The Different Types Of Extended Wear Contact Lenses

by CRfan

Extended wear is a frequently used term for contacts but can be misleading. There is a difference between brands that you can sleep in.

Extended wear contacts lens have continuously enjoyed resurgence over the past few years, and products such as the new silicone hydrogel contact lens material allow more oxygen to penetrate through the cornea in comparison to the materials which were previously been used. This increase in oxygen enables the cornea to be healthier overall.

Similar Words, Different Meanings

There are different words which are used interchangeably to describe extended wear contacts lens that are worn by people during the night. Some of the descriptions entail:

  •  Flex Wear: This is mainly used for occasional overnight wears. The term is often misunderstood. Example Brand - Frequency 55
  •  Extended wear (EW): These are products that can be worn for up to six consecutive night.  Example Brand - Acuvue Oasys
  • Continuous wear (CW): These are products which can be used for up to 30 consecutive nights.  Example Brand - Air Optix Night & Day Aqua

The FDA in most cases approves the use of extended wears for up to 7 days continuously. The Air Optix & Day Aqua brands were the first products which were approved by the FDA to be used for 30 days continuously.

History Of Extended Wear Contacts

Soft contact lenses have been around for almost forty years, even though their popularity blossomed in the early 80’s. It was way back in 1981 when the FDA approved lenses to be used for up to 30 days continuously, and as a result of this decision, soft lenses became popular overnight. However, this popularity was short lived, because sooner rather than later, reports from researchers indicated that there was an increase in complications which were believed to be coming from corneal ulcers and conjunctivitis. As a result, in 1989 the FDA was forced to reverse their decision and only approve the lenses for 7 days of continuous use.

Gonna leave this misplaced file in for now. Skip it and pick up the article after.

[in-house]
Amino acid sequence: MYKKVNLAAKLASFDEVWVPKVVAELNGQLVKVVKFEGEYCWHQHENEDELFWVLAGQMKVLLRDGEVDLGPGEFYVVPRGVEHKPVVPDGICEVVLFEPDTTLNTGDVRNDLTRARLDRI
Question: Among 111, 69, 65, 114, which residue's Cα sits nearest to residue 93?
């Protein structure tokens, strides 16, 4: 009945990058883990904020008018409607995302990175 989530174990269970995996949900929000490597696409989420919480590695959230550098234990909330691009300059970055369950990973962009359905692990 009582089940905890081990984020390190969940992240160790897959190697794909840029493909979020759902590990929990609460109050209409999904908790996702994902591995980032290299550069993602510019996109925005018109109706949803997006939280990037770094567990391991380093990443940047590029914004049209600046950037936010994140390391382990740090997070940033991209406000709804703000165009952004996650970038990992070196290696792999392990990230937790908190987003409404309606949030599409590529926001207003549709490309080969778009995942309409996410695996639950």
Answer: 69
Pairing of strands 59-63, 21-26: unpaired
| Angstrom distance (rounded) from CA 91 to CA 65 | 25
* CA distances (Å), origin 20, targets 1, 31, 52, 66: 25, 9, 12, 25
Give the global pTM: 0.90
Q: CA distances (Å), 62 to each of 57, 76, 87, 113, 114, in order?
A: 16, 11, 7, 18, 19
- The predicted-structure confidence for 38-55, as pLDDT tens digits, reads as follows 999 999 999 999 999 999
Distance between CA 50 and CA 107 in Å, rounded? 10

Some of the reasons provided for the above complications were that unhygienic lenses were the main cause, even though research is indicating differently and showing that oxygen is the main factor when it comes to prevent complications associated with contact lens wear. However, soft contact lenses still require hygienic maintenance just like any other type of contact lenses.

So How Much Oxygen Does The Cornea Need?

Most of the contact lenses brands available provide adequate supply for healthy operations of the cornea. In most cases cornea tend to swell during the night due to lack of oxygen because of the eyelids. It has been estimated that 3-4% of swelling during the night is normal, and this can also vary depending on the individual, and vary from night to night.

It is recommended that the oxygen permeability (dK/L) should be a minimum of 24 in order to avoid the swelling of the cornea. The extended wear should come with a dK/L wear of 87 in order to accommodate approximately 3-4% of swelling hence the cornea can comfortably return to the normal state during daytime.

For instance, Air Optix Night & Day Aqua comes with a dK/L value of 140, and this amount is more than what the cornea requires and even surpasses the safety net for oxygen.

Tips For Successful Extended Wear

These extended wear lenses should be regularly cleaned and taken care of like other ordinary lens types. Microscopic organisms such as pathogens, fungi, and bacteria normally thrive under warm and moist environments. These organisms easily get trapped under contact lenses and may cause problems such as pain or blurry vision, redness, and irritations in the eyes.

In case individuals using contact lenses experience such problems, it is advisable to seek consultations from an eyecare professional.

There are also various factors which contribute towards eye infection, and this includes:  poor general health conditions, blepharitis, history of eye infections, swimming with contacts, and smoking cigarettes.

It is advisable to follow the doctor’s prescriptions when using extended wear contacts, and it is even recommended by eye specialists that these lenses should be taken out every day as a sign of best practices.

Do you sleep in your contact lenses?

Updated: 07/03/2012, CRfan
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